WHITE PAPER: How transit agencies must protect personal data


A new white paper, Personal Data Protection as a Driver for Improved Cybersecurity Practices in U.S. Public Transit has been published by Mineta Transportation Institute (MTI) focusing on personal data protection and cybersecurity for US public transit agencies.

Authored by Scott Belcher, president and CEO of SFB Consulting, along with Katie Seckman, Harlan Belcher and Brandon Thomas, the paper examines how expanding data collection to improve services is increasing the importance of having robust and secure data management and privacy practices in place – something lacking in many US transit agencies.

Ultimately, transit agencies will be held to account just as any other business will be – regardless of industry – for the security of the data they collect, process, and leverage for service delivery or other purposes. A failure to protect personal data in the process not only has a direct impact on the data owner, but it can also have a material impact on an agency’s operations, finances, compliance status, and reputation.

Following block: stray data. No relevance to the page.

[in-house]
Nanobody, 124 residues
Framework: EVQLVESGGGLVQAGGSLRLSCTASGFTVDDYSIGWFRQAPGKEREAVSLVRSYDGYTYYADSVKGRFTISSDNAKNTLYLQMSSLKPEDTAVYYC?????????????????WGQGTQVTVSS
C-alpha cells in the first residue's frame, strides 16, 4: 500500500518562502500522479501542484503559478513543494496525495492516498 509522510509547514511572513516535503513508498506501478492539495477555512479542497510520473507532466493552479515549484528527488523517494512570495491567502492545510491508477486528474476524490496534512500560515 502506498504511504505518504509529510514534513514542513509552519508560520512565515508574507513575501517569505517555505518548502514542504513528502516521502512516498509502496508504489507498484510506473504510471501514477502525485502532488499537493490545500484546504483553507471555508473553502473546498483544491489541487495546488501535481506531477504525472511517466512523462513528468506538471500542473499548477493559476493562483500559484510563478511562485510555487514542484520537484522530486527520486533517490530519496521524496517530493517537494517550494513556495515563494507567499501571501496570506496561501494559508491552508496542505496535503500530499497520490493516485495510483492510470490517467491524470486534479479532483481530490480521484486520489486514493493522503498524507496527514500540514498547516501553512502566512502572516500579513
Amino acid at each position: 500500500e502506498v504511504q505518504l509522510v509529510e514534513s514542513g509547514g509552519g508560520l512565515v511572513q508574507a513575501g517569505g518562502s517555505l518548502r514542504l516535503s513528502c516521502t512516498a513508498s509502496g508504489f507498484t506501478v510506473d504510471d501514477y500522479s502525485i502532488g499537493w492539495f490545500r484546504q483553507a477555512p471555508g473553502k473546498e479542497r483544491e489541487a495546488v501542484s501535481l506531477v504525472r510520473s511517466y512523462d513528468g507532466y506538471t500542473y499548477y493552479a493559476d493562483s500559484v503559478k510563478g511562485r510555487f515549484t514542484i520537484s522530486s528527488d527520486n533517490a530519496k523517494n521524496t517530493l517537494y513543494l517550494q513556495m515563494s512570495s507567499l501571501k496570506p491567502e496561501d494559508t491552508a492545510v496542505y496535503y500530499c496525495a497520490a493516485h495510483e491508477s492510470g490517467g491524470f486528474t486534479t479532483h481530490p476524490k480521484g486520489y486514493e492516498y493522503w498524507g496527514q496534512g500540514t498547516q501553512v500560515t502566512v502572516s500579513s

Fortunately, with the institution of comprehensive enterprise risk management plans, agencies can establish and mature cybersecurity policies and practices that will allow them to both collect data to inform business improvements and protect the personal information of their customers and employees.

MTI is a University Transportation Center sponsored by the USDOT Office of the Assistant Secretary for Research and Technology and by Caltrans. The Institute is located within San José State University’s Lucas Graduate School of Business.

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About Author


Tom has edited Traffic Technology International (TTi) magazine and its Traffic Technology Today website since May 2014. During his time at the title, he has interviewed some of the top transportation chiefs at public agencies around the world as well as CEOs of leading multinationals and ground-breaking start-ups. Tom's earlier career saw him working on some the UK's leading consumer magazine titles. He has a law degree from the London School of Economics (LSE).